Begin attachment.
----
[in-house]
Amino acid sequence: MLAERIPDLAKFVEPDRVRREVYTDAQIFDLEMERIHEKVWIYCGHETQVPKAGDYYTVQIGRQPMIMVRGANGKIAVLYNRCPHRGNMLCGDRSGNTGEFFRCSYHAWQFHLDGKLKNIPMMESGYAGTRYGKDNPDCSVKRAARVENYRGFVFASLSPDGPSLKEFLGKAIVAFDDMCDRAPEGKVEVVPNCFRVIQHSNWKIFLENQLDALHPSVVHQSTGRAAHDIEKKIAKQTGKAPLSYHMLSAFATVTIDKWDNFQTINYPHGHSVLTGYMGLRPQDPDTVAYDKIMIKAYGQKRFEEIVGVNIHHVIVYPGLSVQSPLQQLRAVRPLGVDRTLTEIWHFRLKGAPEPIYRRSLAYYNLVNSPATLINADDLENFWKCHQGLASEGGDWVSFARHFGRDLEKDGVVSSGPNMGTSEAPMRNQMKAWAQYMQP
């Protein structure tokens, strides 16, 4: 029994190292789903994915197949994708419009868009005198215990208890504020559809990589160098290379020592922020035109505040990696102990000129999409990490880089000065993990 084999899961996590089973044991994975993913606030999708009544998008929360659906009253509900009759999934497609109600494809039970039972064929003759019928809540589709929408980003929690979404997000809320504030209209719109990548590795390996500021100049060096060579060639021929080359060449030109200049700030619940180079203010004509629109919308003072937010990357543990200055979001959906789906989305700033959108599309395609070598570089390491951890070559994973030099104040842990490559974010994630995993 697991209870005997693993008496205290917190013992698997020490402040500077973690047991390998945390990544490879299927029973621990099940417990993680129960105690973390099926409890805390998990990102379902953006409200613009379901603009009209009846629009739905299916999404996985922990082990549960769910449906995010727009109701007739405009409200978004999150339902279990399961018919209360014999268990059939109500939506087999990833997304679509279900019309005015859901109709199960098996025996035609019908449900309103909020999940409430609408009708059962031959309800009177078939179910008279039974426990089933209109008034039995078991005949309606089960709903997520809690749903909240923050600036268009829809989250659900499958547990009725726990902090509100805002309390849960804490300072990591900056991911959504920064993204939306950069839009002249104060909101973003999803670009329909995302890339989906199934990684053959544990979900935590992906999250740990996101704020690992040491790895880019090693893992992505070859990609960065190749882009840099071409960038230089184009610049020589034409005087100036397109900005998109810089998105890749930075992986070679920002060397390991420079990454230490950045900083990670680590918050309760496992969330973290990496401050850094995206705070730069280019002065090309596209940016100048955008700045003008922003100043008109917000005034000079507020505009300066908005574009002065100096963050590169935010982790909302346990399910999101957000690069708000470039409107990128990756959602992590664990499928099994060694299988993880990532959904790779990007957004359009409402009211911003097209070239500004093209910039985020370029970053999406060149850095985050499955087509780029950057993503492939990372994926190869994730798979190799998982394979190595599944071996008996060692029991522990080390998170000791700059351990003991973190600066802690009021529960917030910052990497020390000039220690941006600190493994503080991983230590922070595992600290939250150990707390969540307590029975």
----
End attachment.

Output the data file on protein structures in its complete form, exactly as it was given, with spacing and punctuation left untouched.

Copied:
[in-house]
Amino acid sequence: MLAERIPDLAKFVEPDRVRREVYTDAQIFDLEMERIHEKVWIYCGHETQVPKAGDYYTVQIGRQPMIMVRGANGKIAVLYNRCPHRGNMLCGDRSGNTGEFFRCSYHAWQFHLDGKLKNIPMMESGYAGTRYGKDNPDCSVKRAARVENYRGFVFASLSPDGPSLKEFLGKAIVAFDDMCDRAPEGKVEVVPNCFRVIQHSNWKIFLENQLDALHPSVVHQSTGRAAHDIEKKIAKQTGKAPLSYHMLSAFATVTIDKWDNFQTINYPHGHSVLTGYMGLRPQDPDTVAYDKIMIKAYGQKRFEEIVGVNIHHVIVYPGLSVQSPLQQLRAVRPLGVDRTLTEIWHFRLKGAPEPIYRRSLAYYNLVNSPATLINADDLENFWKCHQGLASEGGDWVSFARHFGRDLEKDGVVSSGPNMGTSEAPMRNQMKAWAQYMQP
């Protein structure tokens, strides 16, 4: 029994190292789903994915197949994708419009868009005198215990208890504020559809990589160098290379020592922020035109505040990696102990000129999409990490880089000065993990 084999899961996590089973044991994975993913606030999708009544998008929360659906009253509900009759999934497609109600494809039970039972064929003759019928809540589709929408980003929690979404997000809320504030209209719109990548590795390996500021100049060096060579060639021929080359060449030109200049700030619940180079203010004509629109919308003072937010990357543990200055979001959906789906989305700033959108599309395609070598570089390491951890070559994973030099104040842990490559974010994630995993 697991209870005997693993008496205290917190013992698997020490402040500077973690047991390998945390990544490879299927029973621990099940417990993680129960105690973390099926409890805390998990990102379902953006409200613009379901603009009209009846629009739905299916999404996985922990082990549960769910449906995010727009109701007739405009409200978004999150339902279990399961018919209360014999268990059939109500939506087999990833997304679509279900019309005015859901109709199960098996025996035609019908449900309103909020999940409430609408009708059962031959309800009177078939179910008279039974426990089933209109008034039995078991005949309606089960709903997520809690749903909240923050600036268009829809989250659900499958547990009725726990902090509100805002309390849960804490300072990591900056991911959504920064993204939306950069839009002249104060909101973003999803670009329909995302890339989906199934990684053959544990979900935590992906999250740990996101704020690992040491790895880019090693893992992505070859990609960065190749882009840099071409960038230089184009610049020589034409005087100036397109900005998109810089998105890749930075992986070679920002060397390991420079990454230490950045900083990670680590918050309760496992969330973290990496401050850094995206705070730069280019002065090309596209940016100048955008700045003008922003100043008109917000005034000079507020505009300066908005574009002065100096963050590169935010982790909302346990399910999101957000690069708000470039409107990128990756959602992590664990499928099994060694299988993880990532959904790779990007957004359009409402009211911003097209070239500004093209910039985020370029970053999406060149850095985050499955087509780029950057993503492939990372994926190869994730798979190799998982394979190595599944071996008996060692029991522990080390998170000791700059351990003991973190600066802690009021529960917030910052990497020390000039220690941006600190493994503080991983230590922070595992600290939250150990707390969540307590029975």